39. Script: Update Resources Validate Environment Open a PostgreSQL connection to

    RDS Create Database with the right encoding/collation Create Role with the right permissions Run Seed Script/Migrations
  40. Script: Deploy Release Validate Environment Build Containers with Docker Compose

    ➤ The same images previously used for validation are reused Push Images to ECS Container Repository Revise ECS Task Definition Revise ECS Service Definition
  41. { "family": "default", "containerDefinitions": [ { "name": "web", "image": "ECS_TASK_IMAGE_WEB",

    "memoryReservation": 896, "memory": 1792, "essential": true, "privileged": false, "portMappings": [ { "containerPort": 5000 } ], "environment": [ {"name": "NODE_COOKIE", "value": "ENVIRONMENT_NODE_COOKIE"}, {"name": "HOST", "value": "ENVIRONMENT_HOST"}, {"name": "PORT", "value": “5000”}, … ], "logConfiguration": { "logDriver": "awslogs", "options": { "awslogs-group": "LOG_CONFIGURATION_GROUP", "awslogs-region": "LOG_CONFIGURATION_REGION", "awslogs-stream-prefix": "LOG_CONFIGURATION_STREAM_PREFIX" } } } ] }
  42. { "cluster": "ECS_CLUSTER_NAME", "serviceName": "ECS_SERVICE_NAME", "taskDefinition": "ECS_TASK_DEFINITION", "loadBalancers": [ {

    "targetGroupArn": "ELB_TARGET_GROUP_ARN", "containerName": "web", "containerPort": 5000 } ], "desiredCount": 2, "clientToken": "NONCE", "role": "ECS_SERVICE_ROLE_ARN", "deploymentConfiguration": { "maximumPercent": 150, "minimumHealthyPercent": 50 } }
  43. { "cluster": "ECS_CLUSTER_NAME", "service": "ECS_SERVICE_NAME", "desiredCount": 2, "taskDefinition": "ECS_TASK_DEFINITION", "deploymentConfiguration":

    { "maximumPercent": 150, "minimumHealthyPercent": 50 } }
  44. Script: Retrieve Platform Logs Validate Environment Query CFN/EC2/ECS for environmental

    particulars Retrieve latest events from ECS ➤ Has the cluster entered a stable state? Retrieve EC2 instances and their particulars Print metrics of particular interest (RAM/CPU utilisation, etc)
  45. In the meantime, we use the awslogs tool to print

    CloudWatch Logs ➤ $ awslogs get log-group ALL --watch --start='15m ago' ➤ jorgebastida/awslogs Future Script: Application Logs
  46. In the meantime, run docker exec… ➤ $ docker ps

    # find a container ➤ $ docker exec -it (container) iex -S mix Also for later consideration: attach a local Erlang node to VPC infra ➤ This is a straightforward matter of lining the ports up ➤ You could even do an ad-hoc task if you wish, but it’d be slower Future Script: Attach Console
  47. Part 4: Implementation

  48. Docker Everywhere Docker is basically a way to quickly provision

    servers ➤ Essential for automatic failover ➤ You can attach volumes for stuff you wish to keep Alternative: Cloud Init, Custom IAM, Ansible / Puppet ➤ Either slower (re-provisioning everything dynamically takes minutes to hours), or less efficient (entire IAMs need to be rebuilt: is your build infrastructure also reproducible?)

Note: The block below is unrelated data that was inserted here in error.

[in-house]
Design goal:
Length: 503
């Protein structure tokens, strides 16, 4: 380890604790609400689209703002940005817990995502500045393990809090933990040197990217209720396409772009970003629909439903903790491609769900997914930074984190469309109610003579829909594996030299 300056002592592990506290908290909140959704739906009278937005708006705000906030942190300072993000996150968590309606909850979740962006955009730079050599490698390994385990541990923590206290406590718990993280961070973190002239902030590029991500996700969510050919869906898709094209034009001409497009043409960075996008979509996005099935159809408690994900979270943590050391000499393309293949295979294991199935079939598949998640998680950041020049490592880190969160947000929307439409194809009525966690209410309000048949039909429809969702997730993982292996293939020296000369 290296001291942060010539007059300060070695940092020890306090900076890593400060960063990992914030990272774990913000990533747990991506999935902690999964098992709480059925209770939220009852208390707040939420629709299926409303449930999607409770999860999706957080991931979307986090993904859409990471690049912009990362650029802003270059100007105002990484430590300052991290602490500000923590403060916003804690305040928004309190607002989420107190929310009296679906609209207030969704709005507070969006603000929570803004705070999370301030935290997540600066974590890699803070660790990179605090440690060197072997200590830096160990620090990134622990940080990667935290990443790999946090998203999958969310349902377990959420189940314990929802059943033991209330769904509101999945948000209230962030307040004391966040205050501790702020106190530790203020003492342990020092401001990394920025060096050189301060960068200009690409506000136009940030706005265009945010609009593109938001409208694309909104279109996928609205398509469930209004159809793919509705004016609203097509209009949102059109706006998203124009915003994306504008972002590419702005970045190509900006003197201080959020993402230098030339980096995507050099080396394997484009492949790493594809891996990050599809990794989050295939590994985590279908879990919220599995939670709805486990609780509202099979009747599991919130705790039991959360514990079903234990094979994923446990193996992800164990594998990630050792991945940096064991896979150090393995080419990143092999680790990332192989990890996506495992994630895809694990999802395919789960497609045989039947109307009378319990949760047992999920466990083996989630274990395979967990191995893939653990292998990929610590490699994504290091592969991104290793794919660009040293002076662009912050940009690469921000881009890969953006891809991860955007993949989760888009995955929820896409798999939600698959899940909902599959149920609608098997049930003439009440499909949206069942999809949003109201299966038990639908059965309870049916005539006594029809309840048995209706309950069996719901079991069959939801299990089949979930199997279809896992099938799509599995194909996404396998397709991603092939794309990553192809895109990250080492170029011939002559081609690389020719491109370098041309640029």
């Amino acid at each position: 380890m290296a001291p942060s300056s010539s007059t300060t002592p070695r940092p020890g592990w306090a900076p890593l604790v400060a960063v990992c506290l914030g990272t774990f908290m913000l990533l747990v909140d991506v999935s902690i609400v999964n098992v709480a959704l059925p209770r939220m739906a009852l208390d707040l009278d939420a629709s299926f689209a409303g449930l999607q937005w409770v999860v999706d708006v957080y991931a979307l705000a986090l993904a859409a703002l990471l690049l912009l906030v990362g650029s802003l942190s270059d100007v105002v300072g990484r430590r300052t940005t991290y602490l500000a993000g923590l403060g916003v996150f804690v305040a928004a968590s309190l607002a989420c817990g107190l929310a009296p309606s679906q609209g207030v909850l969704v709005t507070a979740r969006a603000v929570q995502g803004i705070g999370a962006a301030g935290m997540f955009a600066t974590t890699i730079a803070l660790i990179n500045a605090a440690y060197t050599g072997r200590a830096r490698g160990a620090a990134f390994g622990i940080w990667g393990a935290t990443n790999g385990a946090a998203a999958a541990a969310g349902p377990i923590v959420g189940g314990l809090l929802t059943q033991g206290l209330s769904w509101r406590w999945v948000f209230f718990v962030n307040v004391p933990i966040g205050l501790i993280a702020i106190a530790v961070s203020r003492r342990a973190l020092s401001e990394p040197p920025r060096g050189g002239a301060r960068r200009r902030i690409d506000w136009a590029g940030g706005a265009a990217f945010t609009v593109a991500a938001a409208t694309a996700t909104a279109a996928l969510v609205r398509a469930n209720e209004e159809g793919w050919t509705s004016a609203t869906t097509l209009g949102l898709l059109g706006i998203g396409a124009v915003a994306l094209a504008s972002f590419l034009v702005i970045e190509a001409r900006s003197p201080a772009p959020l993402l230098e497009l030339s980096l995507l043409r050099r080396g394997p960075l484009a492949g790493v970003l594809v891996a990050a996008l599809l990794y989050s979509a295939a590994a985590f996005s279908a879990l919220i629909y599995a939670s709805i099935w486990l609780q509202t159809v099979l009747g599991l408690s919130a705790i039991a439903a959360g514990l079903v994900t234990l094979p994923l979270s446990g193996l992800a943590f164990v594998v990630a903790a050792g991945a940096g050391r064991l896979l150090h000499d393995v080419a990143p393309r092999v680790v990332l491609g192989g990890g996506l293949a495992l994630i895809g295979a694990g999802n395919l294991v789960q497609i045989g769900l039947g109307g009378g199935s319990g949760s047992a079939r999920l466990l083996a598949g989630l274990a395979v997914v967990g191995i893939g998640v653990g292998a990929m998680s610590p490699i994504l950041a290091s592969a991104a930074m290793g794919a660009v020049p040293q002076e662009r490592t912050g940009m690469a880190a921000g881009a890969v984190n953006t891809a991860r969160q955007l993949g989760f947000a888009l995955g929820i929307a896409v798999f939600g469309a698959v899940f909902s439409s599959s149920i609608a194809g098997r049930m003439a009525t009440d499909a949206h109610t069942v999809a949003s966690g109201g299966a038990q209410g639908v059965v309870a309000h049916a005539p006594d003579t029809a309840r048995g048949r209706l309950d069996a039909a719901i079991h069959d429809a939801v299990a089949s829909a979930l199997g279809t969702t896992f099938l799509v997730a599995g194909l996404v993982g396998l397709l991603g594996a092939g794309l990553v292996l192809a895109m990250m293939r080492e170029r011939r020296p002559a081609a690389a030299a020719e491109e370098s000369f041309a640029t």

49. version: '3.2' services: web: build: context: . dockerfile: infra/docker-web/Dockerfile image:

    org/app:web environment: - DATABASE_URL=postgres://p:u@postgres:5432/d - … - HOST - PORT=5000 - NODE_NAME - NODE_COOKIE=app-docker-compose links: - postgres postgres: build: context: . dockerfile: ./infra/docker-postgres/Dockerfile image: org/app:postgres environment: - POSTGRES_DB=d - POSTGRES_USER=u - POSTGRES_PASSWORD=p ports: - "5432:5432" nginx: image: quay.io/aptible/nginx environment: - UPSTREAM_SERVERS=web:5000 - FORCE_SSL=true ports: - "5000:443" links: - web
  50. FROM elixir:1.4.4 ENV MIX_ENV=prod RUN mix local.hex --force && mix

    local.rebar --force COPY rel/config.exs rel/vm.args /app/rel/ COPY mix.exs /app/mix.exs COPY mix.lock /app/mix.lock COPY config/config.exs /app/config/config.exs COPY config/prod.exs /app/config/prod.exs RUN cd /app && mix deps.get && mix deps.compile COPY app /app/app/ COPY lib /app/lib COPY priv /app/priv RUN cd /app && mix release --env=prod COPY infra/docker-web/start.sh /app/ WORKDIR /app CMD ./start.sh
  51. Docker Everywhere: Notes If you attach a volume, you could

    get the artefacts out. ➤ This gets you the underlying Erlang/OTP release ➤ You could then wrap it in another delivery mechanism ➤ Erlang on Xen, perhaps?
  52. Ecto + SSL + Postgres Ecto allows you to enable

    encryption ➤ Heroku enforces it ➤ Other security-minded people like it ➤ You may have it turned on right now Now how do you test it…
  53. None
  54. FROM postgres:9.6.3-alpine COPY infra/docker-postgres/initdb /docker-entrypoint-initdb.d COPY priv/repo/structure.sql /docker-entrypoint-initdb.d/structure.sql

  55. ** intense openssl action intentionally left blank ** you get

    a self-signed thing and you commit it
  56. #!/bin/bash set -e # # Copy the key pair to

    $PGDATA. The key pair has been # generated manually beforehand, as the container running # PostgreSQL does not have OpenSSL exposed anyway. # # https://www.postgresql.org/docs/9.1/static/ssl-tcp.html # See: 17.9.3. Creating a Self-signed Certificate # cp /docker-entrypoint-initdb.d/server.{crt,key} "$PGDATA" chown postgres:postgres "$PGDATA"/server.{crt,key} chmod 0600 "$PGDATA"/server.key # # Given that this is a development container, # we do not wish to play with PostgreSQL configuration too much # therefore a simple line appended to the end of the configuration # file will suffice. # echo "ssl = on" >> "$PGDATA/postgresql.conf"
  57. SSL/TLS Serving + Steering When a customer accesses your HTTP